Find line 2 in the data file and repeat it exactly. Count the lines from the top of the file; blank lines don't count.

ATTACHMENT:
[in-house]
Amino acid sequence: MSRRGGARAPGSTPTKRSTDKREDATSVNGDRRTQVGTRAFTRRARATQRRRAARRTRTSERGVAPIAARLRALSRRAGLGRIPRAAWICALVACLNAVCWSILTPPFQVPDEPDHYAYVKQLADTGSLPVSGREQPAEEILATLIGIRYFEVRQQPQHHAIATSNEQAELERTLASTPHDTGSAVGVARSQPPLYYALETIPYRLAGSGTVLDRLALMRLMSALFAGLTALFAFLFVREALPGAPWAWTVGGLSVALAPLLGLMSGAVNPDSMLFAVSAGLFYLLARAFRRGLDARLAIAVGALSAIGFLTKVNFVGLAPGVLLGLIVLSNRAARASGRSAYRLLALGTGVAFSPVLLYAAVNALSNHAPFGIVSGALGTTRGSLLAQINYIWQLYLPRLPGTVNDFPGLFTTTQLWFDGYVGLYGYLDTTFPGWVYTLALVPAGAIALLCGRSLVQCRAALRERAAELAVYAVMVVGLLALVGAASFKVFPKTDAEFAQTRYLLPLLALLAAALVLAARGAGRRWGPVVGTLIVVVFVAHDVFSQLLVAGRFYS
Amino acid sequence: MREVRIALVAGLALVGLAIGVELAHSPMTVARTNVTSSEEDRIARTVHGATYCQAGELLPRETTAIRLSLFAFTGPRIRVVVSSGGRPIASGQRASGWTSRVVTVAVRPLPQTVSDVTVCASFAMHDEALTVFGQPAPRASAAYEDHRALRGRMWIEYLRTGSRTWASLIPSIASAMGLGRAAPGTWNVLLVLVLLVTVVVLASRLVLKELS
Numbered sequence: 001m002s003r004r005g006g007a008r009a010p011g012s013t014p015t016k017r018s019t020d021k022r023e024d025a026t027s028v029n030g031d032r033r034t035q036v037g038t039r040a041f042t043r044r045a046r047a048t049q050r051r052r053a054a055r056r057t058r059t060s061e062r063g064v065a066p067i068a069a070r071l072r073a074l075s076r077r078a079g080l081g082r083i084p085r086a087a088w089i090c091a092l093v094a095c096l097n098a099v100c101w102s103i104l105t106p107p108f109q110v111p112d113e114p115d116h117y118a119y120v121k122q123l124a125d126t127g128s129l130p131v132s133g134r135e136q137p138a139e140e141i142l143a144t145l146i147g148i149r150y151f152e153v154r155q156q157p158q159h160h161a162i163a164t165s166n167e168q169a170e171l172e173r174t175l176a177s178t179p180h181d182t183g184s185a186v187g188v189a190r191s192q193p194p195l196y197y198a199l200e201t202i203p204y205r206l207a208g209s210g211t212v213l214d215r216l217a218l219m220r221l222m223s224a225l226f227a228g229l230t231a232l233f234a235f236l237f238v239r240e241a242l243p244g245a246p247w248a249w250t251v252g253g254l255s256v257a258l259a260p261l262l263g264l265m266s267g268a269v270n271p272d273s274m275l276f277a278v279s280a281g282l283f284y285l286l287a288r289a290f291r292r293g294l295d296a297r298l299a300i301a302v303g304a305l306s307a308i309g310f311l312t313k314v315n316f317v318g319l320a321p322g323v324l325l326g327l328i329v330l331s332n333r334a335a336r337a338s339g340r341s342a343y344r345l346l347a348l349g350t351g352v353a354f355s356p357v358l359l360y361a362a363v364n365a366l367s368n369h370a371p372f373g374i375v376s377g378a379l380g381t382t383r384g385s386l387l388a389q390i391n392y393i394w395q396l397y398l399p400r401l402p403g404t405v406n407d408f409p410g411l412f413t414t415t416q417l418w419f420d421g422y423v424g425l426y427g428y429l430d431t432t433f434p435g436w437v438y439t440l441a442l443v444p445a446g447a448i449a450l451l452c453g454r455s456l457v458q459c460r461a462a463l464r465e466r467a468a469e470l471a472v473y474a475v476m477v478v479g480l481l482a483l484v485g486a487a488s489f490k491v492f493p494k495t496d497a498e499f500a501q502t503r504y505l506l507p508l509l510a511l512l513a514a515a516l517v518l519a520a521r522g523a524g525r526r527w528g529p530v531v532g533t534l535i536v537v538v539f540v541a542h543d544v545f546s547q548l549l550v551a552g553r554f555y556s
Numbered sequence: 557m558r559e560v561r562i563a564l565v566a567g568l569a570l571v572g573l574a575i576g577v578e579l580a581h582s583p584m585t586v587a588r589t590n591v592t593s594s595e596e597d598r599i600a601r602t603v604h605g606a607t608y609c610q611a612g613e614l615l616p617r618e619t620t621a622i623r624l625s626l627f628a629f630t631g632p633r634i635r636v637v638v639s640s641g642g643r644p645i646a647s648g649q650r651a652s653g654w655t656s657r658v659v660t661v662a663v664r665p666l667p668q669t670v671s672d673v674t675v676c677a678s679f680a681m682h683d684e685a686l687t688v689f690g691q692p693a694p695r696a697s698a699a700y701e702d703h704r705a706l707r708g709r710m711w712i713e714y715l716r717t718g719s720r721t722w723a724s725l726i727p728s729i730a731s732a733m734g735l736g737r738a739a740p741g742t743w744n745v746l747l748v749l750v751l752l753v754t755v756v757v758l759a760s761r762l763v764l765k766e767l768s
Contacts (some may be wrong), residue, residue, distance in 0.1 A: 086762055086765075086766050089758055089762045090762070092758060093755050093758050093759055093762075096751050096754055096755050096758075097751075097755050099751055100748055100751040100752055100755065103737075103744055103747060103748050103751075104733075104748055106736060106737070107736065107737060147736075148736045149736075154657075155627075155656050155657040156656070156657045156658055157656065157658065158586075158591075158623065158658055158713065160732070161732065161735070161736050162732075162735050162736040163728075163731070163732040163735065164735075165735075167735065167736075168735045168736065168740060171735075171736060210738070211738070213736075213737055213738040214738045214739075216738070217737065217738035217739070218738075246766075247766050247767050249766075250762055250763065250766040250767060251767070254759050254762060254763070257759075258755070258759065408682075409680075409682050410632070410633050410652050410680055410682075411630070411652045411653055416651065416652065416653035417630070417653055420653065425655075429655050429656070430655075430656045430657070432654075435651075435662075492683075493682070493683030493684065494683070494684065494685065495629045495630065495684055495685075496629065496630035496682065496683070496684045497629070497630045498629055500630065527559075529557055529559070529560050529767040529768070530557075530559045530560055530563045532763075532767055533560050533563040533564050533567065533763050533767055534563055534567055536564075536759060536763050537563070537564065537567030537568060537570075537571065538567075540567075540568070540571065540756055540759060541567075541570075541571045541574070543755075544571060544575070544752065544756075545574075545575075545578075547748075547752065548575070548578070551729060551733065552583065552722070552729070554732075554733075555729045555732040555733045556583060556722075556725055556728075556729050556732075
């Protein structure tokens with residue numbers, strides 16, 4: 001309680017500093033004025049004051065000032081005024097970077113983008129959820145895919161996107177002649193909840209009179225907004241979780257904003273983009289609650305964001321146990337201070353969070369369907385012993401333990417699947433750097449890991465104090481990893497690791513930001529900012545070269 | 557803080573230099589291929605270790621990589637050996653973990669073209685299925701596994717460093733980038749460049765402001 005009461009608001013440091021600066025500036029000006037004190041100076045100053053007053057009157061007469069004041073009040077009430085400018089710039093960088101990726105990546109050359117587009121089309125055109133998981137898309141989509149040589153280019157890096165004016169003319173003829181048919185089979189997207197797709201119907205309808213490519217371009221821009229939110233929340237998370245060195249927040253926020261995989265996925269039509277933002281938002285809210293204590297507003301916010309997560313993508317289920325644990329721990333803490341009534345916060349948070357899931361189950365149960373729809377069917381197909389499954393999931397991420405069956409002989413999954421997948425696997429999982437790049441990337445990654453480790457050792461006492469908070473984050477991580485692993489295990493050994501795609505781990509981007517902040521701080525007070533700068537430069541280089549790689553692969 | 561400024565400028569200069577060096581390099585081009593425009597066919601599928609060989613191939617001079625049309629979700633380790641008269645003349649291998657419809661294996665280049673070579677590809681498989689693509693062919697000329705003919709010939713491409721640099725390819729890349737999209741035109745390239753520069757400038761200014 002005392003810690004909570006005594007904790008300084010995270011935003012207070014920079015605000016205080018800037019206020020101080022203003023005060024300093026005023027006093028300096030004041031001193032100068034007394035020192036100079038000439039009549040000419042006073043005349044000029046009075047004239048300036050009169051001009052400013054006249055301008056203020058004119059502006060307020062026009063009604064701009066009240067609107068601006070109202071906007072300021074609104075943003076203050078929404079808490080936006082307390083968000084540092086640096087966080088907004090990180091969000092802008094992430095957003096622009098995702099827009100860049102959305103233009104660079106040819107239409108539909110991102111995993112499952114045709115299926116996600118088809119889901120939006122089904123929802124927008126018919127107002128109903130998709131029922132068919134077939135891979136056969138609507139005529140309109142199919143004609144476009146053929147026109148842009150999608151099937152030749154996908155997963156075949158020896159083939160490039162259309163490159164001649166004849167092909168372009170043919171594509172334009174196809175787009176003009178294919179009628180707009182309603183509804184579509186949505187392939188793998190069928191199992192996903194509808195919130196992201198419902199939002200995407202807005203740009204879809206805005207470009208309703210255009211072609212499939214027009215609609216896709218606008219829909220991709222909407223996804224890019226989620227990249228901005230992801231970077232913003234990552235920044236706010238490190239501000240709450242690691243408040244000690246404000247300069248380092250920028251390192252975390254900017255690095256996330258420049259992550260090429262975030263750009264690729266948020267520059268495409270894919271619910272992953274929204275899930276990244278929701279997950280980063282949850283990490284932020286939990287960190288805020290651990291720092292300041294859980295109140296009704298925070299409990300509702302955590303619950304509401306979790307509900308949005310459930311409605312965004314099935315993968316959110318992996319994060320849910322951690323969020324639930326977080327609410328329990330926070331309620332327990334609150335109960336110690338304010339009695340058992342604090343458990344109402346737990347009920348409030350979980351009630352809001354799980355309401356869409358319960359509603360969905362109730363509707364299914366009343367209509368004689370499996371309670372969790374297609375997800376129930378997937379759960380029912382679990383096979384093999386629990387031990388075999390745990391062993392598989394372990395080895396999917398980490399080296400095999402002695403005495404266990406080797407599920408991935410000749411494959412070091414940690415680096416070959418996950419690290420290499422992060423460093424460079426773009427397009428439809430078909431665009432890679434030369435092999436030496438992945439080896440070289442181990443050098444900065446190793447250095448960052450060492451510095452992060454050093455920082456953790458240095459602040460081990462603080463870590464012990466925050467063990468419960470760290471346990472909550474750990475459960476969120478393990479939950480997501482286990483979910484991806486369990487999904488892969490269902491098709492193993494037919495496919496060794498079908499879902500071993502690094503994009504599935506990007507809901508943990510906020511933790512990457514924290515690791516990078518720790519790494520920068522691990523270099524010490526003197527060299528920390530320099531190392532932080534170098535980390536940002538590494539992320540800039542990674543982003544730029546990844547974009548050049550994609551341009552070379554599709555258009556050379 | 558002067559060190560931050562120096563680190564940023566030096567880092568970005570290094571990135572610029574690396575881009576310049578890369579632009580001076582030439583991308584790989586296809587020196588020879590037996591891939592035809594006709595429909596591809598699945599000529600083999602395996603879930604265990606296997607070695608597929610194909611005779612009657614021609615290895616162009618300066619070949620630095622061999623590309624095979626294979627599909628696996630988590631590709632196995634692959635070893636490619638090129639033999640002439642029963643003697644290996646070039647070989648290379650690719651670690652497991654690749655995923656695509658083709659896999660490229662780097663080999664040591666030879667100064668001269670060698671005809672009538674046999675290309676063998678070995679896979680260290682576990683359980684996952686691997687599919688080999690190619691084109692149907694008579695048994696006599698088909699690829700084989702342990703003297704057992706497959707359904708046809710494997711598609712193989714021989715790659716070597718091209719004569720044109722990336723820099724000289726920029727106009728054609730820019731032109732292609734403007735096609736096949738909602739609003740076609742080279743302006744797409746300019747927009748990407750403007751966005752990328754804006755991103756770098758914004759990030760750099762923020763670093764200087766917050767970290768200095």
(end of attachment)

Amino acid sequence: MSRRGGARAPGSTPTKRSTDKREDATSVNGDRRTQVGTRAFTRRARATQRRRAARRTRTSERGVAPIAARLRALSRRAGLGRIPRAAWICALVACLNAVCWSILTPPFQVPDEPDHYAYVKQLADTGSLPVSGREQPAEEILATLIGIRYFEVRQQPQHHAIATSNEQAELERTLASTPHDTGSAVGVARSQPPLYYALETIPYRLAGSGTVLDRLALMRLMSALFAGLTALFAFLFVREALPGAPWAWTVGGLSVALAPLLGLMSGAVNPDSMLFAVSAGLFYLLARAFRRGLDARLAIAVGALSAIGFLTKVNFVGLAPGVLLGLIVLSNRAARASGRSAYRLLALGTGVAFSPVLLYAAVNALSNHAPFGIVSGALGTTRGSLLAQINYIWQLYLPRLPGTVNDFPGLFTTTQLWFDGYVGLYGYLDTTFPGWVYTLALVPAGAIALLCGRSLVQCRAALRERAAELAVYAVMVVGLLALVGAASFKVFPKTDAEFAQTRYLLPLLALLAAALVLAARGAGRRWGPVVGTLIVVVFVAHDVFSQLLVAGRFYS